Composer Ann Millikan sent us a note yesterday. 

Please let it be known:
The great Quapaw-Cherokee composer Louis Ballard passed just around midnight at his home in Santa Fe, NM.  He was 75.  He was a dear man, and will be missed.


10 Responses to “Louis W. Ballard, 1931-2007”
  1. Joseph Rivers says:

    Louis was a dear friend and a great composer, not to mention a wonderful human being. As a graduate from the University of Tulsa and a student of composer Bela Rozsa many years ago, he has made us proud. But he has simply awed us by how he took his training and his many varied musical and personal experiences and crafted these into a truly magnificent and stellar career. We will all miss him.

    Joseph Rivers
    University of Tulsa School of Music

  2. louis a. ballard says:

    thank you to all for remembering our father so dearly
    pobox 7392 champaign, IL 61826
    louis a. Ballard

  3. International Association of Polyaesthetic Education says:

    A great man goin’ home. Whenever our trails met for singing, dancing, performing, discussing, sharing visions for a better and more peaceful world, we felt enriched. His steady musical contribute to our International Association for Polyaesthetic Education at the University Mozarteum of Salzburg we will thankfully remember. Many of us mourn the irrecoverable loss of a very near friend. Gerhard Hofbauer, president, on behalf of the society.

  4. Isabel Schnabel says:

    Emanuele Arciuli, I will ask you to go on playing Louis’ concertos and I hope you will play the concerto Louis was busy to compose for you playing it.
    It must be a big loss for you too. You knew evrything he wanted how to bring his music.

  5. Isabel Schnabel says:

    To the children and grandchildren of Louis I will speak out my deapest sympathy
    with all the pain for this big loss.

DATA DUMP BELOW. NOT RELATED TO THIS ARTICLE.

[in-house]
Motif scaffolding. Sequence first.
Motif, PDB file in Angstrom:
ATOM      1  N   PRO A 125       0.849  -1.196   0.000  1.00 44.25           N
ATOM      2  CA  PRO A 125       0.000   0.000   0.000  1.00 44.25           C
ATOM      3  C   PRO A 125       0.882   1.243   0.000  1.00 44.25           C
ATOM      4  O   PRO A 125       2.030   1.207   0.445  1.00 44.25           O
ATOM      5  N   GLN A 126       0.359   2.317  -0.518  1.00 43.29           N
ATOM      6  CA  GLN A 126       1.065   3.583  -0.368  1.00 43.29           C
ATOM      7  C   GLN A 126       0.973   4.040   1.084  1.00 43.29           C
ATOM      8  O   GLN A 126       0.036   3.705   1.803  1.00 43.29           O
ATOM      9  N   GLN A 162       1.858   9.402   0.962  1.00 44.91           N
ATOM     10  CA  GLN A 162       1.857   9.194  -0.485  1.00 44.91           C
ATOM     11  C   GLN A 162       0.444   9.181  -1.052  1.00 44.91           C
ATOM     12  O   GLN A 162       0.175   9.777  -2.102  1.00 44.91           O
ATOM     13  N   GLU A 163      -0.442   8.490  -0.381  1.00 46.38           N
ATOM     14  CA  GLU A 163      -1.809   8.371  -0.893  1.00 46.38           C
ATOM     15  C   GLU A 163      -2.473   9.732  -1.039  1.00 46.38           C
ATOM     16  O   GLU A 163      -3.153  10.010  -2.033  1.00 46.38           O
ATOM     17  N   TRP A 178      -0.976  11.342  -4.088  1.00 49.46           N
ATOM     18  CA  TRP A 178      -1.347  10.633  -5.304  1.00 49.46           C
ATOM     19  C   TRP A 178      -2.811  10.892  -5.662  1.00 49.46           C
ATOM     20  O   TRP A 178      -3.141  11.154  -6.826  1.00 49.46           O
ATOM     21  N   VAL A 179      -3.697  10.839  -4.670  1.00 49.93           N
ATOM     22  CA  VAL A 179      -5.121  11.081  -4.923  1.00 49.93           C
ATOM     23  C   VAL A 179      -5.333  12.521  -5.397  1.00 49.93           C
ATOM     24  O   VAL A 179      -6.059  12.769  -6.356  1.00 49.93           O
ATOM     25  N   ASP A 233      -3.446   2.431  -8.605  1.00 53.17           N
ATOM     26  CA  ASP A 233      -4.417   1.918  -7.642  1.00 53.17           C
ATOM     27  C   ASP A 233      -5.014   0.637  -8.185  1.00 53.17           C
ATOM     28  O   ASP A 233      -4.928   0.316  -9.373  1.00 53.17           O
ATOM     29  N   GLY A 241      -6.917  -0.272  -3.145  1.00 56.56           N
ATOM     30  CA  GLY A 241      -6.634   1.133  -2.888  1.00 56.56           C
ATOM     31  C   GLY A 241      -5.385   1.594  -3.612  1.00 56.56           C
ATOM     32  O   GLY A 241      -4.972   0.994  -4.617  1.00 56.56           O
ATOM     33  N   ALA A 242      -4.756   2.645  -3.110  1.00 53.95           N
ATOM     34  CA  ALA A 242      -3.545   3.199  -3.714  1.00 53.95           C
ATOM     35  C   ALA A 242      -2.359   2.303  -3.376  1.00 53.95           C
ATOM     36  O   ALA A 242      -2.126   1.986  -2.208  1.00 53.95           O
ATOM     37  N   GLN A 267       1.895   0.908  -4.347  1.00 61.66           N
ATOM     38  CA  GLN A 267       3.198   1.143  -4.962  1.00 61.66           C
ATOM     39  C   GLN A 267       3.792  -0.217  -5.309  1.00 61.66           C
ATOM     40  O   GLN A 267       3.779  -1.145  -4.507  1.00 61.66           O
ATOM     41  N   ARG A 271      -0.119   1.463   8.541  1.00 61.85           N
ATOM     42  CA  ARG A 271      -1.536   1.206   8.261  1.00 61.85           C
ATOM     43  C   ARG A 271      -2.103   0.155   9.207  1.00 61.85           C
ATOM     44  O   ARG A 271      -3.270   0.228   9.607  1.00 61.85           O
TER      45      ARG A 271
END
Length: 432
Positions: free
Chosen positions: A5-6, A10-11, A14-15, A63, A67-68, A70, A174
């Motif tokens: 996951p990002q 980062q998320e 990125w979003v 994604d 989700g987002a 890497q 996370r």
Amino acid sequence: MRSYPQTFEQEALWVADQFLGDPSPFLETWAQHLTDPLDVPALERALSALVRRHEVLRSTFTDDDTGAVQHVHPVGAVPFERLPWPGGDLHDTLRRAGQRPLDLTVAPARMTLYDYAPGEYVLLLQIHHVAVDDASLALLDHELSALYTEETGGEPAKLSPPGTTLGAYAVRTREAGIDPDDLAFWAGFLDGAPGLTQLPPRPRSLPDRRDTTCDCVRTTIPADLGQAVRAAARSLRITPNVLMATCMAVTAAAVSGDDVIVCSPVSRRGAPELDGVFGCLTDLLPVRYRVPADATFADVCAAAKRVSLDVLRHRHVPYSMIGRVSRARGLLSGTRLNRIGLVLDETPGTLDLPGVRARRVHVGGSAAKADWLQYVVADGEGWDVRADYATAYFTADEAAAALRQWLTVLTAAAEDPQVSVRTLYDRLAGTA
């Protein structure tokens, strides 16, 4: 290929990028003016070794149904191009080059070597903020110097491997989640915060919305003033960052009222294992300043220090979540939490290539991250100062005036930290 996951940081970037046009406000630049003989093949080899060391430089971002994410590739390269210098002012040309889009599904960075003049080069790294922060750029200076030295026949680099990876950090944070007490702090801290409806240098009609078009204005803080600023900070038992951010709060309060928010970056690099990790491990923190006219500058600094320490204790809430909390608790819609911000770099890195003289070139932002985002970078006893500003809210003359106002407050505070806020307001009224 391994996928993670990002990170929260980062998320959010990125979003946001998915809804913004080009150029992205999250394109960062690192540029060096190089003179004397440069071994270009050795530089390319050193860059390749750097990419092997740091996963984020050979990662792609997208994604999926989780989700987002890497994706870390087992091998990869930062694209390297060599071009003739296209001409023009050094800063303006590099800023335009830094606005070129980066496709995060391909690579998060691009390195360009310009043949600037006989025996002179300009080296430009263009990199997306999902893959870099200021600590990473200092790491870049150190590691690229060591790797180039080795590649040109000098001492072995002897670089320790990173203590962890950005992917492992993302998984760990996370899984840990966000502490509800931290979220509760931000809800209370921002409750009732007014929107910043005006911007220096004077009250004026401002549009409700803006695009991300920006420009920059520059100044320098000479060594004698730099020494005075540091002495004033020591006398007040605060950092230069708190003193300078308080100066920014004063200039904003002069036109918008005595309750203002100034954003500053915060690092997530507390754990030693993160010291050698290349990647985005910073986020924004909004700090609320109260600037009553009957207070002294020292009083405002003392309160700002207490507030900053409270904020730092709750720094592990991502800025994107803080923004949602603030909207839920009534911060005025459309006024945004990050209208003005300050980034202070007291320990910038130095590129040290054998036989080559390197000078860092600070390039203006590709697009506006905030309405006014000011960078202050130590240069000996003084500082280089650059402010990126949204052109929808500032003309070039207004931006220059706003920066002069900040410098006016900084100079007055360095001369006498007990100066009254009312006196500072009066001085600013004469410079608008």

I wish he will be in thoughts and spirit with you.
    And he lives in all the memories and his music.

    I wish you a lot of strenght to bear this immense loss.

  6. Isabel Schnabel says:

    Louis, my dearest friend, my spirit, is gone to the eternal light.
    Thank you for all I learned from you and for all you gave.
    Have a good fly en be well, where you are now.

  7. I’m very grieved with Louis death.
    I discovered his music years ago, played some of his piano music and, very recently, my essay on his figure was published in italy.
    Currently he was working at a Piano Concerto for me. I met him in Santa Fe, in 2005, and we were in touch very often. His great figure of man, musician, ethnomusicologist, teacher will continue to illuminate my experience in music. thanks a lot, louis!

  8. david toub says:

    Ruth was Jewish and we had many arguments and hours on the phone…

    ???And she wouldn’t have argued had she been Episcopalian???

  9. Growing up within one mile of each other and after study together at Tulsa with Bela Rozsa I saw him again many years later at the Composers Orchestra premiere of his work at Lincoln Center. His old and my new student Jane Lind brought us together after so many years. He was not in my experience a gentle soul but a fierce patriot for Indian music and American Music all over the world. His wife Ruth was an amazing woman, a pianist who was a student of Alicia Delarocha and a magician and the daughter of a America’s oldest magician (at his death) who would come to our apartment and perform for my daughter. Ruth was Jewish and we had many arguments and hours on the phone but she was 100% for Louis and for our music. Louis honored her and expressed his love on many occassions to me for her person and loyalty to him and Indian Art.